Why Rep. AOC’s Plea to Grow Yucca, Not “Colonialist Cauliflower” in Bronx Green-Spaces Should Be Reconsidered

Rep. Alexandria Ocasio-Cortez (D-NY), often referred to affectionately by her fans (and detractors alike) as “AOC”, is always advocating for social change and the betterment of society. Of course, not everyone might agree with her solutions to identified issues, but having a discussion is a vital start for any change.

And, while some of her efforts are based in solid research on legitimate issues, recently, Rep. Ocasio-Cortez made an informal video as she strolled her Congressional District, live-narrating into her cell phone about colonialism and cauliflower.

 

nrkbeta Alexandria Ocasio-Cortez @ SXSW 2019 New York Rep. Alexandria Ocasio-Cortez Image Credit: Ståle Grut / NRKbeta

New York Rep. Alexandria Ocasio-Cortez
Image Credit: Ståle Grut / NRKbeta

“…when someone says that it’s ‘too hard’ to do a green space that grows Yucca instead of, I don’t know, cauliflower or something — what you’re doing is that you’re taking a colonial approach to environmentalism…” were Rep. Ocasio-Cortez’s exact words.

She further explains that social causes work best when relevant, framed within a cultural context. While environmental awareness is essential, and bringing fresh green food choices to urban “Food Deserts” commendable, this statement does not reflect an idea set based in fact.

The All-Nite Images A Day In New York-8th November 2014 Bronx: New Roots Community Garden Image Credit: otto yamamoto

Bronx: New Roots Community Garden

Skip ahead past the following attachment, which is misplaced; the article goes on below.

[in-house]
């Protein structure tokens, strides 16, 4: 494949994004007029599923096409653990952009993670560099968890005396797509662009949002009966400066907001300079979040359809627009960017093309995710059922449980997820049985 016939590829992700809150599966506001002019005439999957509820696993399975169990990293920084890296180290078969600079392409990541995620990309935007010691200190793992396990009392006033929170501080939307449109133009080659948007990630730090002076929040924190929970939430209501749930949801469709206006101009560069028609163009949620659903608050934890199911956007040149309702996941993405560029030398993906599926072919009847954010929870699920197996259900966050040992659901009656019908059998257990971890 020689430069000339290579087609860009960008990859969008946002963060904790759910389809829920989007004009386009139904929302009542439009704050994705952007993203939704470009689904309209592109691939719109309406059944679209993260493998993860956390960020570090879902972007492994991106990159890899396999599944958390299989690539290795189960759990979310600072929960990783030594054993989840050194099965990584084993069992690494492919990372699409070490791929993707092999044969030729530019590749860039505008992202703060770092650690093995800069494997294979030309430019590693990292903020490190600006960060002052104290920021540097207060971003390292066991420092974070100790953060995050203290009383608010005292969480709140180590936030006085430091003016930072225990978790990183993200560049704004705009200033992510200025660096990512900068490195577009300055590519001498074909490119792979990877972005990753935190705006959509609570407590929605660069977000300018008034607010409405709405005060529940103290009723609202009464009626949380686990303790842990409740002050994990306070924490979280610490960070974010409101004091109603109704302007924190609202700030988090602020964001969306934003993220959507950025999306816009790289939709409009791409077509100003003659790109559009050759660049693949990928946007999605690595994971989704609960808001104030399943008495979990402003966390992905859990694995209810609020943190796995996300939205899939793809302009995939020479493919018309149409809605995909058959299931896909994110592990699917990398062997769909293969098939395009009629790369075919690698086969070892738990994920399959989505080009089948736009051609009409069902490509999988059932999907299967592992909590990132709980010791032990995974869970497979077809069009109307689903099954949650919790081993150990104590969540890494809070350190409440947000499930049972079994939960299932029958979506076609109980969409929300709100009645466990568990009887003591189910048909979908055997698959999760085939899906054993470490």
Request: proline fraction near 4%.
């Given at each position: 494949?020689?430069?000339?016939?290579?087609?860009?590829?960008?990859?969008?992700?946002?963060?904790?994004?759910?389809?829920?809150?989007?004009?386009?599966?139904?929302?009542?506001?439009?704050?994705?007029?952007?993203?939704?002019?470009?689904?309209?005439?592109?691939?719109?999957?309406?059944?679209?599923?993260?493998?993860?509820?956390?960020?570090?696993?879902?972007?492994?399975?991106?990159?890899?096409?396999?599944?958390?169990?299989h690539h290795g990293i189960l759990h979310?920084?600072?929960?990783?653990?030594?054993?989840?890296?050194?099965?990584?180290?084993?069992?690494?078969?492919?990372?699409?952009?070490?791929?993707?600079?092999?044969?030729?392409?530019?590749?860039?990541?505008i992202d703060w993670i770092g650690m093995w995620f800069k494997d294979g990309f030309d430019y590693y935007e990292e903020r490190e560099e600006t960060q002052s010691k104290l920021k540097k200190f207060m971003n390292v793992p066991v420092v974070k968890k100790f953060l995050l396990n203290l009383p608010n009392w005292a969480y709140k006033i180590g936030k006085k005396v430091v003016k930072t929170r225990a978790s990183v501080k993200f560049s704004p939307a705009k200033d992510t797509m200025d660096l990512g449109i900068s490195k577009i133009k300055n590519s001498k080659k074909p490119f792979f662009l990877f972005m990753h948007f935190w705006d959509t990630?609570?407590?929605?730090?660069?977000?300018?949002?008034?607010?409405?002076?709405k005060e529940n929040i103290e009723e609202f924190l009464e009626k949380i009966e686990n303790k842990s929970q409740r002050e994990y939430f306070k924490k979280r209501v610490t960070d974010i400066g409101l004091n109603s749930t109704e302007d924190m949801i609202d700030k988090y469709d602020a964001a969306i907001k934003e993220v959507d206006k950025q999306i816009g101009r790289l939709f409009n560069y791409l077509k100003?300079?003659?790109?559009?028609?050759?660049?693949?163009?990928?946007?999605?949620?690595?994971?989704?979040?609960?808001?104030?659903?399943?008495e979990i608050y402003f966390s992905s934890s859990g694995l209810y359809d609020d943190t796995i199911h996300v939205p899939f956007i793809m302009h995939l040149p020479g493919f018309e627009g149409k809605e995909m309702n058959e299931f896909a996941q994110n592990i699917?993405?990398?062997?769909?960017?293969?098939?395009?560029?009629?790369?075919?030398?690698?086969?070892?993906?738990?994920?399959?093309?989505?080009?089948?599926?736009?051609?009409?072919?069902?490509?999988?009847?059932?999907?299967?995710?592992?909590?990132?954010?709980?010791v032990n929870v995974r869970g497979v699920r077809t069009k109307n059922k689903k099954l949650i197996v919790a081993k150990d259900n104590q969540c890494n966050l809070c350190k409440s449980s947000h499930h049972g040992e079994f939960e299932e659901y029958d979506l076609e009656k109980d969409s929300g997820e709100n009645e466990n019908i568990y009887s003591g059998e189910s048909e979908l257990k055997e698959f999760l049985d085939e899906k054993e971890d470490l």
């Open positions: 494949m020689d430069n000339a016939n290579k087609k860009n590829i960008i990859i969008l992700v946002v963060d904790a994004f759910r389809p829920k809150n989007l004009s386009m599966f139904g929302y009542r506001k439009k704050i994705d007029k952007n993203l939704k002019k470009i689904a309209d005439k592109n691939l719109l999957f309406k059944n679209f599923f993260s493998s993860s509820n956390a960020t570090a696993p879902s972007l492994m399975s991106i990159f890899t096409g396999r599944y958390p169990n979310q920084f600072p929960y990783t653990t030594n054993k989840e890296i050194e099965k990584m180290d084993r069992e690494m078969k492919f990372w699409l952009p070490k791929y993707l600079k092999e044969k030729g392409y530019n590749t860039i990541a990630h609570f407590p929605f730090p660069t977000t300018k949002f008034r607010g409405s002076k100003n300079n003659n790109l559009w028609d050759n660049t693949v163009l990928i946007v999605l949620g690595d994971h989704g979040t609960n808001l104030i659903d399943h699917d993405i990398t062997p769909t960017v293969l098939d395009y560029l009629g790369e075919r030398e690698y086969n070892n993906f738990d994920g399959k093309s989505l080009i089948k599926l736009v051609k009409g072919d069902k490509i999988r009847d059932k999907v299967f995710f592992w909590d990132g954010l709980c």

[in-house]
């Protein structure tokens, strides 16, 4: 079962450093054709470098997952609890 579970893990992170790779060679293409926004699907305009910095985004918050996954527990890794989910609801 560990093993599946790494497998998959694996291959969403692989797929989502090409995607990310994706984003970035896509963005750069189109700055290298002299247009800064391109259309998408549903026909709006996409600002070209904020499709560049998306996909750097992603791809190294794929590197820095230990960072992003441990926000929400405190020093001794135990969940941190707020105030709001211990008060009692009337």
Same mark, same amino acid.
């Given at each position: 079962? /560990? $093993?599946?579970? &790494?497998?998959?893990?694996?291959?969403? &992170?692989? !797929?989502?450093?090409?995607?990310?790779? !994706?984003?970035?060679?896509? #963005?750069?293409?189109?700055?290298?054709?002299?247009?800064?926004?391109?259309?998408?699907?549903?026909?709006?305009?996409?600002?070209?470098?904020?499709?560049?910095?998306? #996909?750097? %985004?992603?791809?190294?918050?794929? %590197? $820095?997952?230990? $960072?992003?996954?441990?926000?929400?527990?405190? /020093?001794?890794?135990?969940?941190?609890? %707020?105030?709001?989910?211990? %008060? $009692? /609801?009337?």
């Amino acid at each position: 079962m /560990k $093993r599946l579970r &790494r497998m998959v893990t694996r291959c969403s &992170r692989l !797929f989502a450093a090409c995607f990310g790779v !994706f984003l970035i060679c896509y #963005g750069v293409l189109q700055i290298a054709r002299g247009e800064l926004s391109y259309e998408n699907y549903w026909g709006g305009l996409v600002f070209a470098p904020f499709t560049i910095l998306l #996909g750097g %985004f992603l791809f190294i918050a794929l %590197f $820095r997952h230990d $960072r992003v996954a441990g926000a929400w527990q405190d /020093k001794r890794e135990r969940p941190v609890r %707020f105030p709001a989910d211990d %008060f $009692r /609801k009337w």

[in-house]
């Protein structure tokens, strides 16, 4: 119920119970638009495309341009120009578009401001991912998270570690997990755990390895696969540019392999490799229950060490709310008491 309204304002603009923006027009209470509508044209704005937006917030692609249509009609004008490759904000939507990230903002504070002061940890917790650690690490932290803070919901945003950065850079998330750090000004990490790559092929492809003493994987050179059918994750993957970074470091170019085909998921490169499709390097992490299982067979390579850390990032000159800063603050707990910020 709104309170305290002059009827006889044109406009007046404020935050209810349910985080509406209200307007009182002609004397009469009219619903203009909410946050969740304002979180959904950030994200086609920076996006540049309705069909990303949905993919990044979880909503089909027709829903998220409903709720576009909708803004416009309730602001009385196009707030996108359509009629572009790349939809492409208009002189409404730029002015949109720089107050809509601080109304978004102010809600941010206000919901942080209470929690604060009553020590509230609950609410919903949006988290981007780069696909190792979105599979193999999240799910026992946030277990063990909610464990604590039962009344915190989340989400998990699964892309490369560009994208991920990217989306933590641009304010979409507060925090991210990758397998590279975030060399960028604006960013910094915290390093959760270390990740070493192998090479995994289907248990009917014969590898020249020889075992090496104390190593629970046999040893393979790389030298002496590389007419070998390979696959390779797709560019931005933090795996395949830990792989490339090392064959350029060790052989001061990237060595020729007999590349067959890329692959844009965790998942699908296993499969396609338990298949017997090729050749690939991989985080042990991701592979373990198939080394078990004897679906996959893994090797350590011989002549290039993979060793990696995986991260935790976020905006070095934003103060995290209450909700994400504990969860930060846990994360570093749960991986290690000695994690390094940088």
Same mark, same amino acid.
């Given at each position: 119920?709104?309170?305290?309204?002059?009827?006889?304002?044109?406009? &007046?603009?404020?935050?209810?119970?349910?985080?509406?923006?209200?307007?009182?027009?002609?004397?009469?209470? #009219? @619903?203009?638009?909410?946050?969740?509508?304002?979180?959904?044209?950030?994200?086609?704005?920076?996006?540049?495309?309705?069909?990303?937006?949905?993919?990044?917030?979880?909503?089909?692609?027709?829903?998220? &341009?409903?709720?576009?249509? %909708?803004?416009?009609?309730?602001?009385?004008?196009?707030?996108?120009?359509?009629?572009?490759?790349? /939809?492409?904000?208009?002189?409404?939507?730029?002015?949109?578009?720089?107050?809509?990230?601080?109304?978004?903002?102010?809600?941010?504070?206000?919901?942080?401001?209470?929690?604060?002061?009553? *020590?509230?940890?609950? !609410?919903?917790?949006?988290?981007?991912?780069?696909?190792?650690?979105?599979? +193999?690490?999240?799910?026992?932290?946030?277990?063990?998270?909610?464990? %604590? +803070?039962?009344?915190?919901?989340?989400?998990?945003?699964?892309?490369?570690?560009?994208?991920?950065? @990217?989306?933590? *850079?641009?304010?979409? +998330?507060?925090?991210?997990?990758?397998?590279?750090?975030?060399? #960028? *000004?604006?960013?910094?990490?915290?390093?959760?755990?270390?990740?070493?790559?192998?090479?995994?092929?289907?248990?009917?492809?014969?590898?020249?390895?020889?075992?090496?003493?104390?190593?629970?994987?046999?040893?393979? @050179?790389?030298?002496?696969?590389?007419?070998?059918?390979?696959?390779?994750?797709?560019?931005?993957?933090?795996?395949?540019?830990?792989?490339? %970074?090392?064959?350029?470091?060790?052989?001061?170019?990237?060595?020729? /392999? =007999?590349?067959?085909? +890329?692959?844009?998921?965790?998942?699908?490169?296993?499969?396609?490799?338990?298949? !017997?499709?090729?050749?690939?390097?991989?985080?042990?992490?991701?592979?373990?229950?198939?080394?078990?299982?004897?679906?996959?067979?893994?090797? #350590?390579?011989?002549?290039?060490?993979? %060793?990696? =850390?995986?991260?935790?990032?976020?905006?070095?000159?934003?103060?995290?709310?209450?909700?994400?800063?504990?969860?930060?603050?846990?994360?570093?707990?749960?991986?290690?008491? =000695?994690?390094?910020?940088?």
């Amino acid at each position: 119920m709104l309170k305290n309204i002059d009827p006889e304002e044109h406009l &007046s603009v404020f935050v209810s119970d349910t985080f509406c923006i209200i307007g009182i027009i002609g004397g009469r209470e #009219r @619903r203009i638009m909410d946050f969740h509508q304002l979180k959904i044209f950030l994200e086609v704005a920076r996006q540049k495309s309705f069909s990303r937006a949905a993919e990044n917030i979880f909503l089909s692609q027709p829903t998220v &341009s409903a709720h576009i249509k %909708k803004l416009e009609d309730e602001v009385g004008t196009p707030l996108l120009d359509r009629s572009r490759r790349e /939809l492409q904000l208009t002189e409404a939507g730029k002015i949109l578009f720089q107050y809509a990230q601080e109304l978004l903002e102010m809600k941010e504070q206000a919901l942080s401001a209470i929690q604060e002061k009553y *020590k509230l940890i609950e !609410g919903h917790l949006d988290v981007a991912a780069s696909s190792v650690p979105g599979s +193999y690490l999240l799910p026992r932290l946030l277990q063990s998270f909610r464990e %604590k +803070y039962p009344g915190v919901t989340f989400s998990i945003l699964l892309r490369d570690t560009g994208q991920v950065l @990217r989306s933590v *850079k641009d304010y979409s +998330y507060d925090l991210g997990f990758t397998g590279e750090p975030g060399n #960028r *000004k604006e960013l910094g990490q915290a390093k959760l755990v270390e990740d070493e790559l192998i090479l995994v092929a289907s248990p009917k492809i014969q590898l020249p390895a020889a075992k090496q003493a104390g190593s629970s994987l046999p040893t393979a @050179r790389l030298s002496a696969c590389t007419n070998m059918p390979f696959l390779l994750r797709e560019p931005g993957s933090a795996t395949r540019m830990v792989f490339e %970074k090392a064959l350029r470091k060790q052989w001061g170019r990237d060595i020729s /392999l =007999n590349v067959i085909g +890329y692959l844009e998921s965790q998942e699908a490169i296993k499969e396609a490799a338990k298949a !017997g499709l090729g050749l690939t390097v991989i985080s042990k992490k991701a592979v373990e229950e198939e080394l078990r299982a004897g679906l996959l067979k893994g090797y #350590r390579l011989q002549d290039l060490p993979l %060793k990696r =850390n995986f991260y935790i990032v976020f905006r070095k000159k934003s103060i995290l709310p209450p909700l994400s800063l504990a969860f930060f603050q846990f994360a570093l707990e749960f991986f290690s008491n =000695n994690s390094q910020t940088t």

Image Credit: otto yamamoto

Most readers don’t know much about growing yucca. Or even what yucca is, exactly. So, let’s start there. Yucca is a root, also known as Cassava. This is where Tapioca comes from. Manihot esculenta is also referred to as manioc, yuca, macaxeira, mandioca, and aipim.

Cassava seems to originate in west-central Brazil, and has been eaten as a staple food crop by Native Americans for generations, its use stretching back into the distant past, thousands and thousands of years.

"Cassava" Image Credit: Farkomer

“Cassava”
Image Credit: Farkomer

Now, it is true that the conquering Spaniards shunned Cassava (and maize) as lacking substantial nutrition. Even so, the colonial-era occupiers established cassava plantations and worldwide trade that brought Yucca to Africa, by Portuguese traders, in the sixteenth century, and shortly thereafter, into Asia as well, where it is extensively cultivated to this day. Of course, to think that cassava and colonialism have nothing in common is to ignore history.

However, Rep. Alexandria Ocasio-Cortez is not an agricultural specialist, and none of this is obvious or straightforward. Without some investigating, none of us would be aware of this. Presently, Nigeria is the world’s largest producer, annually growing more than 250 million tons of the root. Cassava is a tropical plant, drought-tolerant and able to thrive on even relatively poorer soils.

Freshly Cut Cassava Root Manihot esculenta, Euphorbiaceae Image Credit: Ikhlasul Amal

Freshly Cut Cassava Root
Manihot esculenta, Euphorbiaceae
Image Credit: Ikhlasul Amal

Yucca leaves are high in protein and antioxidants, its root mostly starch. According to WikiPedia, Cassava is a, “…highly-productive crop when considering food calories produced per unit land area, per unit of time.

Significantly higher than other staple crops, cassava can produce food calories at rates exceeding 250 kcal/hectare/day, as compared with 176 for rice, 110 for wheat and 200 for maize.”

Why not grow cassava in the Bronx, and throughout NYC and its surrounding NJ suburbs, then? It’s not quite that it’s “too hard”, as Rep. Alexandria Ocasio-Cortez suggests.

The plant requires about eight months of warm weather, and even in our best years, the New York City region falls miserably short on required warm-weather days. (https://plants.usda.gov/plantguide/pdf/cs_maes.pdf) Further, while some varieties of yucca are indeed frost tolerant, heavy frosts will damage most.

Then, there’s cauliflower.

'Green Italian Cauliflower" Image Credit: Ben Dalton

‘Green Italian (Romanesco) Cauliflower”
(This variety is all about crazy fractals!) Image Credit: Ben Dalton